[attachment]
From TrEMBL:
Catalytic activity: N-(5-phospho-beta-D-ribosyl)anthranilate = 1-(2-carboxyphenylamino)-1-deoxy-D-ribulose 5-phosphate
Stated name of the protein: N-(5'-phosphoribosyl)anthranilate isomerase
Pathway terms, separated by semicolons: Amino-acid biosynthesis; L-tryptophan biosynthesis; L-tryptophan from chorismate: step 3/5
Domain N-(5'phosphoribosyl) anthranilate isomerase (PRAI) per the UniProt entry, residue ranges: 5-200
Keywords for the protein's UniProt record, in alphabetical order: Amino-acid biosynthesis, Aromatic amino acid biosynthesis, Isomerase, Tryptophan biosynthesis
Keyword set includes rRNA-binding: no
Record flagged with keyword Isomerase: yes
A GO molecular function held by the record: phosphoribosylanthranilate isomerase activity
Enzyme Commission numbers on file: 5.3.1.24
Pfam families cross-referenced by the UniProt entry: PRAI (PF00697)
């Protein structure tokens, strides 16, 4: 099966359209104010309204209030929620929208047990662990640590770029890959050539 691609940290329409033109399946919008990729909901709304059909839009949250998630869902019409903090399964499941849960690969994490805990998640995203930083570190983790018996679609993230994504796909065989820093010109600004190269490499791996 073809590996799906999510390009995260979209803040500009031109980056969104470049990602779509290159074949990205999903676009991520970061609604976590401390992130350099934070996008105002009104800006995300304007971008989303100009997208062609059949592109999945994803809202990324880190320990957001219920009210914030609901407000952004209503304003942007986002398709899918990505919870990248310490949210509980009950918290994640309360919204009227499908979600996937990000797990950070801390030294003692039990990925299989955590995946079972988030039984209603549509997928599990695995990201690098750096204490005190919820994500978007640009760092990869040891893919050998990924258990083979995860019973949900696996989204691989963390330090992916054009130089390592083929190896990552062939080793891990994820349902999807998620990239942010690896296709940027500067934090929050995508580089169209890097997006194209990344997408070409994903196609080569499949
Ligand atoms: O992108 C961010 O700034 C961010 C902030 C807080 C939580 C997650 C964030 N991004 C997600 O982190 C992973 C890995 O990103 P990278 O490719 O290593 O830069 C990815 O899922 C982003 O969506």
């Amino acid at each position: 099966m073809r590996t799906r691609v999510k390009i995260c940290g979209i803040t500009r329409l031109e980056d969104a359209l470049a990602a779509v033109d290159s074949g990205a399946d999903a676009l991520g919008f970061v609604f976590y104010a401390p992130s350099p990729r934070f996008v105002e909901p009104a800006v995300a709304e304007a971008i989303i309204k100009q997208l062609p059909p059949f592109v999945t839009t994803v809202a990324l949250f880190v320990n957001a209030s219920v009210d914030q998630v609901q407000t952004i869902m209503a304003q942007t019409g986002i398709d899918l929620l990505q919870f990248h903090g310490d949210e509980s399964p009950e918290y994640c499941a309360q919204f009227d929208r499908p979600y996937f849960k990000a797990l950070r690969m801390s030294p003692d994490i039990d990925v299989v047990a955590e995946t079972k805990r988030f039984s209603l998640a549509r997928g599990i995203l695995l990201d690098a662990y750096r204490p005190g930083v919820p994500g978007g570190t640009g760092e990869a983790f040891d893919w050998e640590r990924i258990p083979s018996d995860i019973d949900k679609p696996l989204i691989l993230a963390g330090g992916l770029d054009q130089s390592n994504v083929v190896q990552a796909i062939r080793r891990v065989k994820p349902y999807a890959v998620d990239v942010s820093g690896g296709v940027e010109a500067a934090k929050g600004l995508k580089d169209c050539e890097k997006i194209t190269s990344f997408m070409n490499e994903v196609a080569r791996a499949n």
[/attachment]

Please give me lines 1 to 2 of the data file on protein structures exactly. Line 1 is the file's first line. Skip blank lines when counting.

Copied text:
From TrEMBL:
Catalytic activity: N-(5-phospho-beta-D-ribosyl)anthranilate = 1-(2-carboxyphenylamino)-1-deoxy-D-ribulose 5-phosphate